Anyway, waiting to get into our own new “dream home” is excruciating. Even though it is certainly not on the scale of what Disney was trying to off-load, it is still a nice step-up from the veritable cave that had us crawling over each other just a couple weeks ago. The Disney Dream Home did teach me something though. We certainly don’t have to fill our new house with every gadget under the sun to be happy. If this experience has taught me one thing it’s that our family was “overly entertained” in our old house (something my wife has been trying to get through to me for many years). In the hotel we have one computer and about a dozen TV channels right now and everyone seems to be adjusting just fine. We certainly don’t need the “dream” of having an LCD screen of every imaginable configuration in every corner of our new house. While The Disneyland “Dream Home” did inspire me to buy a couple new digital picture frames, it will be long time before you’ll find an LCD screen in the backyard offering BBQ tips, or my family putting together a virtual jigsaw puzzle on on 50 x 50 LCD touch-screen. We’ll take the box of 500 pieces and try it on the floor, thank you very much.
JULY 21, 2008: DISPATCHES FROM THE TRANSIENT PROGRAMMER #4: STUFF I TOOK FOR GRANTED: THEN AND NOW
Now that I have moved out of my single-family house, and I have been back visiting my parents often at their house where I grew-up, I realize that I will probably never be able to provide my kids with the same type of house that I grew-up in. Yes, I can get them a bigger house with more stuff, but I don’t think I can ever provide them the comforting nuances of in a 70’s/80’s suburban neighborhood. Given that, here is a list of “Things I took For Granted As a Kid Growing Up In A Single Family House In Middle-Class Neighborhood In The 70’s and 80’s”
- A Front Yard that could be played-in
- A Tree that could be climbed
- A long drive-way that could be used for multiple games and to park cars
- Visiting friends houses on the street and not having my parents worry about were I was going.
- A garage that balls could be kicked against, thrown against, etc.
- Room for a basketball hoop and game of one-on-one
- The freedom to ride my bike any where wanted
- My safe feeling of having my dad coming home from work
- Mom coming back from the supermarket with bags filled with food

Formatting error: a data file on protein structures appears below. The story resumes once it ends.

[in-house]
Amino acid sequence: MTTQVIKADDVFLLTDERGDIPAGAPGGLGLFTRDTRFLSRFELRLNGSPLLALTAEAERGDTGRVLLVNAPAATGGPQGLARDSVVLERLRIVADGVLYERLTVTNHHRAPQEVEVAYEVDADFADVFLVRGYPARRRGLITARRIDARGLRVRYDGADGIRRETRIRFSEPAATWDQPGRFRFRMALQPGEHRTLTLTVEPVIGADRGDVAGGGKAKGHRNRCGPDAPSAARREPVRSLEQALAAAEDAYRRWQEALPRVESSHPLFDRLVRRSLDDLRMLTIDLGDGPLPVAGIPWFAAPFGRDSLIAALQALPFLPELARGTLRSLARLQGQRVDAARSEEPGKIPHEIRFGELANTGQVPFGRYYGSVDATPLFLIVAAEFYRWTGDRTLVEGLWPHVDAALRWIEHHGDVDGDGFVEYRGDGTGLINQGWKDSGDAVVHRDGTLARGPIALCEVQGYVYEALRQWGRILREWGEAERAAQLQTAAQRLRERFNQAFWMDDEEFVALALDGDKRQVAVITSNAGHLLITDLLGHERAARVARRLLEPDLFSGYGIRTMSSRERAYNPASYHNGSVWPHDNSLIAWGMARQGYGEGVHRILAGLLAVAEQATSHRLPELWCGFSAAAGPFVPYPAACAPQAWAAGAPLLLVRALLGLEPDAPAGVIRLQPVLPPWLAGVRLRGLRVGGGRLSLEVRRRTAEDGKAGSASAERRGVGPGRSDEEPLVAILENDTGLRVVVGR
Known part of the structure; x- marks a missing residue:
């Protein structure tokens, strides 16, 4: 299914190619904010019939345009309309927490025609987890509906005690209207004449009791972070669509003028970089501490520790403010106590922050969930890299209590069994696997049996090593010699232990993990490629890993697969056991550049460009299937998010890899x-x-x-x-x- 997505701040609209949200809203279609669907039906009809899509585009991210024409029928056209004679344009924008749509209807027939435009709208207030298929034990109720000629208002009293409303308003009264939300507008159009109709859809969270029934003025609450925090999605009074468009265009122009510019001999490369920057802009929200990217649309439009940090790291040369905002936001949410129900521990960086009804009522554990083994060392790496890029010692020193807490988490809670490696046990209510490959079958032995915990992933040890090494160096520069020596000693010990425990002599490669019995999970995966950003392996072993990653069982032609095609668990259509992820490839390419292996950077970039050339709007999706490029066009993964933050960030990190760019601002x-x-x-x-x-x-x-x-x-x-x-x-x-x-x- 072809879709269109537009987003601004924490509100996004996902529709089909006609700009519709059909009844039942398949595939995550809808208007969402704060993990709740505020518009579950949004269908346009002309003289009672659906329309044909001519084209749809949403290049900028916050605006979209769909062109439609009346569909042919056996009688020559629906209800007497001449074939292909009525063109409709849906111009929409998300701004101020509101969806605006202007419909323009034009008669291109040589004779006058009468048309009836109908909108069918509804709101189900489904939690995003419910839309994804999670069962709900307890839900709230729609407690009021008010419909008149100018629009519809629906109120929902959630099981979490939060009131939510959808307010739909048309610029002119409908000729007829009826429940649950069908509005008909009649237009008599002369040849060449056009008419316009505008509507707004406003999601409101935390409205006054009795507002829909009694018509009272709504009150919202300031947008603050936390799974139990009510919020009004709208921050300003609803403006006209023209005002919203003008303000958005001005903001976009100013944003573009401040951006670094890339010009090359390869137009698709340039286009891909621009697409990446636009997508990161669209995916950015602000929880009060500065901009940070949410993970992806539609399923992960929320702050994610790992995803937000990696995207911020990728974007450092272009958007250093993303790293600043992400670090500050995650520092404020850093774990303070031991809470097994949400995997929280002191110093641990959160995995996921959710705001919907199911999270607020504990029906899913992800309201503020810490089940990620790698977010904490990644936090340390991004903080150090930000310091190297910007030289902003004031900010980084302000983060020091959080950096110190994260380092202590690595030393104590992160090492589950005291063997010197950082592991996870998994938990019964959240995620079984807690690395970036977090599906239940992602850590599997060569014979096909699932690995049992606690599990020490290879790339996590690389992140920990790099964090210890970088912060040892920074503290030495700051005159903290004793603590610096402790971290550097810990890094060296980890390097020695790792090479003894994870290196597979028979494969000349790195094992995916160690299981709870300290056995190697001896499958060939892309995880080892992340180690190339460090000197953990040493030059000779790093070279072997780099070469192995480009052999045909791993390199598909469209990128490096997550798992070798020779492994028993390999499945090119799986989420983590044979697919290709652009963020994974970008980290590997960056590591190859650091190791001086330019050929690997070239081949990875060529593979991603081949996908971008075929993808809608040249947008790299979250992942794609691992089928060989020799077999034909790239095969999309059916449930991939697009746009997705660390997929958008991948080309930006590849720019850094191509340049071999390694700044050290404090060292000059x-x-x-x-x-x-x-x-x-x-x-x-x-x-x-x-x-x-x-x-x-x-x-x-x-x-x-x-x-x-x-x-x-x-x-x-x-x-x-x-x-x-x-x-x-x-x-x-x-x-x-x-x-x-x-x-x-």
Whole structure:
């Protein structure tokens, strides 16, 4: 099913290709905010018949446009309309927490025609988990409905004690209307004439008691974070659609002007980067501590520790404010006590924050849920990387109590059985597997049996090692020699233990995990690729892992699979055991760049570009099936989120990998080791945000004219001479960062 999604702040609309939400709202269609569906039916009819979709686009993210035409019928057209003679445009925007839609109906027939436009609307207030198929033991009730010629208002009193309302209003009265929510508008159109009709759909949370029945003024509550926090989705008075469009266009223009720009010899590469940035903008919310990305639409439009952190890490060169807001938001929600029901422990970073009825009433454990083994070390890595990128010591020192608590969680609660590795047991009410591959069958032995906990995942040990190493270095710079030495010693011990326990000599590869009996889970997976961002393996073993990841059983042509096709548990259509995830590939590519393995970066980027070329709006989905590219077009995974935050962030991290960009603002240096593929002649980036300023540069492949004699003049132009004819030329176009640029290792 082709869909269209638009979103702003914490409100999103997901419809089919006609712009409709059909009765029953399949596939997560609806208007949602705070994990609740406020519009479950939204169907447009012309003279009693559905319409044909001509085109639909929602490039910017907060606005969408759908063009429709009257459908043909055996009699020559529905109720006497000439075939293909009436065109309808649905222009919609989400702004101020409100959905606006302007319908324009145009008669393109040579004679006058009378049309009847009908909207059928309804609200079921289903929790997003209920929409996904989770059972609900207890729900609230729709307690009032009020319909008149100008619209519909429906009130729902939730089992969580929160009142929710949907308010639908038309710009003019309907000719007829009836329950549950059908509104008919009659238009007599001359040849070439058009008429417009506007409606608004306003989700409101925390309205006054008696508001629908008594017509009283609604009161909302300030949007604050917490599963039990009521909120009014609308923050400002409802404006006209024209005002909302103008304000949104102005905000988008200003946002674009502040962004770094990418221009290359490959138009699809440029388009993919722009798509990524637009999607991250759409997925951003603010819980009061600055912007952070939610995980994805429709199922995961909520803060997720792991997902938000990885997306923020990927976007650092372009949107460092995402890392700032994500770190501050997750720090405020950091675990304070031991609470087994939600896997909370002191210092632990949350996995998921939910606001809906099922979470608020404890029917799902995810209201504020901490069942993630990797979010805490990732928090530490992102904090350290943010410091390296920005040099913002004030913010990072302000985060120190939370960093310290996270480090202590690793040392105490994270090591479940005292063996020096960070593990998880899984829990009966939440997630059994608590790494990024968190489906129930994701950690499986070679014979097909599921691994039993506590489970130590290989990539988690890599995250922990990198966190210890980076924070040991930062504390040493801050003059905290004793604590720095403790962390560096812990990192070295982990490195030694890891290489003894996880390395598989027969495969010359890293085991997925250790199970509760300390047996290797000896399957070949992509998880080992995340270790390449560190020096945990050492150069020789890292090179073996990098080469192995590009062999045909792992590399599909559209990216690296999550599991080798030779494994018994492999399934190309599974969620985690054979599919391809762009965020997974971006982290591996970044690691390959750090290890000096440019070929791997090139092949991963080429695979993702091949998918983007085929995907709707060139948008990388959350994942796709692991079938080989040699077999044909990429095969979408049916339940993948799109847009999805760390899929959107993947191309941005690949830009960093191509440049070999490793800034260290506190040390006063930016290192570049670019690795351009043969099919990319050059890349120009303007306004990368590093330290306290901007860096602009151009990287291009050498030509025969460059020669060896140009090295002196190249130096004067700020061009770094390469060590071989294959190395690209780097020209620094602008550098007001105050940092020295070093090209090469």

- A street filled with single-family homes each with a front and back yard.
- A House with a regular address with only numbers (i.e. with no #A, 1/2. Unit 1, etc).
- Coming home when the street lights turned-on
- All kids sent outside to play instead of inside to play video games
- Available parking…on both sides of the street
- Walking places
- Marathon candy bars and Bubble-Up soda in a returnable bottle
- Big Wheels.
- Playing guns, ditch ’em, etc. at the local school and not having the SWAT Team called-in.
- > Zero Tolerance
- Paperboys with bad aim
- Playing Atari 2600 games and wishing I had one.
On the same note, now that I’ve been living in a hotel, I’ve realized that there are tons of things I simply took for granted when I owned my own place. Many of these are things that I never knew I wanted until I did not have them any longer. Now I can’t wait to get them back.
Things I Took for Granted When Living In a House And Not a Hotel
- My own parking space
- More than 13 TV channels
- Secure, encrypted Internet access
- A wired phone that did not charge 50 cents a minute.
- Light switches that turned on lights that they logically should turn on
- A temperature Control system that could be turned off
- My own artwork/photos on the walls.
- A place to have mail sent.
- My own garbage can.
- A place to wash clothes that did not cost $3.00 per load (including drying).
- A refrigerator that did not freeze everything.
- An oven
- A lock on my door I trusted
- A printer (I didn’t take mine)
- An answering machine
- A doorbell
- A modicum of privacy
- A junk drawer
- An array of readily available tools
- An unlimited supply of filtered drinking water
- A bed that did not hurt my back
- Multi-ply toilet paper
- Removable coat hangers
- More than two chairs for 5 people
- The option to let the cat go outside
- The option to let the cat crap outside
- The sounds and smells of home
- Space to have people visit
- Being able to relax
- Fences and gates
- A sense of control
We still have 10 days on this Transient sojourn. It will be 10 days too many. I thought I would have a demo of the “Free Beer” game today, but that will have to wait until next time.
JULY 29, 2008: THE TRANSIENT PROGRAMMER #5: THE LAST DAY, FREE BEER REVISITED